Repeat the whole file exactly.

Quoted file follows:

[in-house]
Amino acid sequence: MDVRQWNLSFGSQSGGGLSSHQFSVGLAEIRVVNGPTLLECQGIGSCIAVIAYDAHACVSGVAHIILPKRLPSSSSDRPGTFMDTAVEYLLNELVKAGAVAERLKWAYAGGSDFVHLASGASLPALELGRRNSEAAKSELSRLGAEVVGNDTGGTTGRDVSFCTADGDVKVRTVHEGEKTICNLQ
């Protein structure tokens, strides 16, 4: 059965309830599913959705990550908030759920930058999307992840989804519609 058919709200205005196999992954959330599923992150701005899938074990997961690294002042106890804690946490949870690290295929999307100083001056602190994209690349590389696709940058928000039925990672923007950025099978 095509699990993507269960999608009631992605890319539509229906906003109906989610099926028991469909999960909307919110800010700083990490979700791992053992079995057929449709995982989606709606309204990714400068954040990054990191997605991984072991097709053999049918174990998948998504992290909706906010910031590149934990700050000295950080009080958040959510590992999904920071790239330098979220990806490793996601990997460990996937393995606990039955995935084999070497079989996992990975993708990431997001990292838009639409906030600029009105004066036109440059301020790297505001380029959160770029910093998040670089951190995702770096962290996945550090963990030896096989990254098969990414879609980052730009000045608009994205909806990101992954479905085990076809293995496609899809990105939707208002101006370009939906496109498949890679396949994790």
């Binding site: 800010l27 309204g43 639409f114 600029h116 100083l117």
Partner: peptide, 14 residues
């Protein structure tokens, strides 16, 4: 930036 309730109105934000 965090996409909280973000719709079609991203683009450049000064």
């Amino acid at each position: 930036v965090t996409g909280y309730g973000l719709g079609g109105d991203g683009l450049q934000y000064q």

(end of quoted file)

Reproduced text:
[in-house]
Amino acid sequence: MDVRQWNLSFGSQSGGGLSSHQFSVGLAEIRVVNGPTLLECQGIGSCIAVIAYDAHACVSGVAHIILPKRLPSSSSDRPGTFMDTAVEYLLNELVKAGAVAERLKWAYAGGSDFVHLASGASLPALELGRRNSEAAKSELSRLGAEVVGNDTGGTTGRDVSFCTADGDVKVRTVHEGEKTICNLQ
């Protein structure tokens, strides 16, 4: 059965309830599913959705990550908030759920930058999307992840989804519609 058919709200205005196999992954959330599923992150701005899938074990997961690294002042106890804690946490949870690290295929999307100083001056602190994209690349590389696709940058928000039925990672923007950025099978 095509699990993507269960999608009631992605890319539509229906906003109906989610099926028991469909999960909307919110800010700083990490979700791992053992079995057929449709995982989606709606309204990714400068954040990054990191997605991984072991097709053999049918174990998948998504992290909706906010910031590149934990700050000295950080009080958040959510590992999904920071790239330098979220990806490793996601990997460990996937393995606990039955995935084999070497079989996992990975993708990431997001990292838009639409906030600029009105004066036109440059301020790297505001380029959160770029910093998040670089951190995702770096962290996945550090963990030896096989990254098969990414879609980052730009000045608009994205909806990101992954479905085990076809293995496609899809990105939707208002101006370009939906496109498949890679396949994790």
């Binding site: 800010l27 309204g43 639409f114 600029h116 100083l117």
Partner: peptide, 14 residues
């Protein structure tokens, strides 16, 4: 930036 309730109105934000 965090996409909280973000719709079609991203683009450049000064």
């Amino acid at each position: 930036v965090t996409g909280y309730g973000l719709g079609g109105d991203g683009l450049q934000y000064q």